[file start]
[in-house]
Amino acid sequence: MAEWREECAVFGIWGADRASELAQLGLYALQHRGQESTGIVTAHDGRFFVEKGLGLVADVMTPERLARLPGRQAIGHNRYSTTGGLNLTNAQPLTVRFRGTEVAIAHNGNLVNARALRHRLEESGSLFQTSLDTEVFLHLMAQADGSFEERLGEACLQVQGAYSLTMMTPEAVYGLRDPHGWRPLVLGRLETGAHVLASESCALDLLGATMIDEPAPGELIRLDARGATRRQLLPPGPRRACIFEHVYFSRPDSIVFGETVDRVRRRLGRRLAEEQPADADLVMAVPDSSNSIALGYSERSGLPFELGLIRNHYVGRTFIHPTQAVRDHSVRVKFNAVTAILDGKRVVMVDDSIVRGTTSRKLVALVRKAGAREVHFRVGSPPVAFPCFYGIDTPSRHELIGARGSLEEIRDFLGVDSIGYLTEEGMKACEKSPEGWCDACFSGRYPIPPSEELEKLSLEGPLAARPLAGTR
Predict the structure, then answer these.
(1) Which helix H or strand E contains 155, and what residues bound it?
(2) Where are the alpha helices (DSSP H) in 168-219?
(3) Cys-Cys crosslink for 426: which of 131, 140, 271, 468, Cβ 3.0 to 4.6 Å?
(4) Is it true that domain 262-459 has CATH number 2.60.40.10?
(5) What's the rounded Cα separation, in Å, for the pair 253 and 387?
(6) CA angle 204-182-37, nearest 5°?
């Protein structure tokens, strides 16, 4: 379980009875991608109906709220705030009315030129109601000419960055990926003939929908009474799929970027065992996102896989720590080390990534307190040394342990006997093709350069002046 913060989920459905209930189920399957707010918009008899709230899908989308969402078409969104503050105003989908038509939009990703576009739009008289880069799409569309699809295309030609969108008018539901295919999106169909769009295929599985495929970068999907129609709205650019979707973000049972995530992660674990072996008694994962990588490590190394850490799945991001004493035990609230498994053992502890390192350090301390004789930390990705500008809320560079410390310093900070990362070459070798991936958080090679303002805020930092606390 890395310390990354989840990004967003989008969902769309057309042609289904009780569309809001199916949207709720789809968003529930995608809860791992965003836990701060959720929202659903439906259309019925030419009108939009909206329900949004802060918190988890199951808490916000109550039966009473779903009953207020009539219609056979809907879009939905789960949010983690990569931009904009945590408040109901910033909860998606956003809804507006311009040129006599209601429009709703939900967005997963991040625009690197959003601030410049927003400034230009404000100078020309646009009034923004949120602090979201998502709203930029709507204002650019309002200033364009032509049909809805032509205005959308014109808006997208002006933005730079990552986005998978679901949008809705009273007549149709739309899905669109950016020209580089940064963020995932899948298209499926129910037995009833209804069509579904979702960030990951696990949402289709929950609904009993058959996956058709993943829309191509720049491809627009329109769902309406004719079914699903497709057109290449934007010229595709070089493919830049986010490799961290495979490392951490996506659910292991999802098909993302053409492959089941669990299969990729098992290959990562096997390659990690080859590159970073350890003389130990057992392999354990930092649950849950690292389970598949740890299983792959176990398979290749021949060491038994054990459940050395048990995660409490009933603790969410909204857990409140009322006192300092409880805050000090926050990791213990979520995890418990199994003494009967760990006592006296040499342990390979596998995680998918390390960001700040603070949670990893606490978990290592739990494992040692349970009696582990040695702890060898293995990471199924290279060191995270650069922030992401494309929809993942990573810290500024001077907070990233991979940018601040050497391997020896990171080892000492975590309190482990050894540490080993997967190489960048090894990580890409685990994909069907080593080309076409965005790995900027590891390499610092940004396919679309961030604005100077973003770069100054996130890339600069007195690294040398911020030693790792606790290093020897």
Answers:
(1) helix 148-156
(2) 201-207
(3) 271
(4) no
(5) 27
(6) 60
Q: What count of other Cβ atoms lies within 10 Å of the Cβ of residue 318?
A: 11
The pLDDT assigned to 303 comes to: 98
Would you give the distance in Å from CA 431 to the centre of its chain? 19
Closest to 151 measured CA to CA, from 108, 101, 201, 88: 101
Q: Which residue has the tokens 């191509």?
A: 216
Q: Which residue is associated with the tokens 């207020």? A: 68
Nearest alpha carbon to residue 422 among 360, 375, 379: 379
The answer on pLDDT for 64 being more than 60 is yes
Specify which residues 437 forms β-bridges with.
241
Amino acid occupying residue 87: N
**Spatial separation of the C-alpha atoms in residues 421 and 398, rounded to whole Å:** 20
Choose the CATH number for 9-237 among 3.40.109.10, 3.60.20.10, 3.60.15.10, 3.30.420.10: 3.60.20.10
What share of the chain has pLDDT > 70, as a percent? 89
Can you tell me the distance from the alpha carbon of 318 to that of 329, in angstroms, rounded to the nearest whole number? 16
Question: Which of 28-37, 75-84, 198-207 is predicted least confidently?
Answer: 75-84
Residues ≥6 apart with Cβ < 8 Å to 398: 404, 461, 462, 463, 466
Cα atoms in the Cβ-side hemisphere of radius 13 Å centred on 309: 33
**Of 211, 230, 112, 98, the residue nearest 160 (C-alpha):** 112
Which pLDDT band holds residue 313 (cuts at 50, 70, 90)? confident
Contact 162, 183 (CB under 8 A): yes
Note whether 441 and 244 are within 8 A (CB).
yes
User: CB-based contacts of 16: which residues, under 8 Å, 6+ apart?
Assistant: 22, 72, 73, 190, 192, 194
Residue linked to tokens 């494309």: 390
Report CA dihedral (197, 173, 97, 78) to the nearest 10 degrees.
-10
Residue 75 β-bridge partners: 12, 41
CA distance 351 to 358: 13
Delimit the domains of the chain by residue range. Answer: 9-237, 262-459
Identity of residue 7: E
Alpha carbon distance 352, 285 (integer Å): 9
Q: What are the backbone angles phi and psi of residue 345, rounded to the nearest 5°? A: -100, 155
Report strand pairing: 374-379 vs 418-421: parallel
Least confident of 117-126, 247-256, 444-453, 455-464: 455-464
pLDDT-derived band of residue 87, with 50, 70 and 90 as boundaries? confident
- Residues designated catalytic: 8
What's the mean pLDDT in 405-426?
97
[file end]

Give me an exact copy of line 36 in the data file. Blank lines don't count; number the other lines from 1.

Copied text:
Answer: 75-84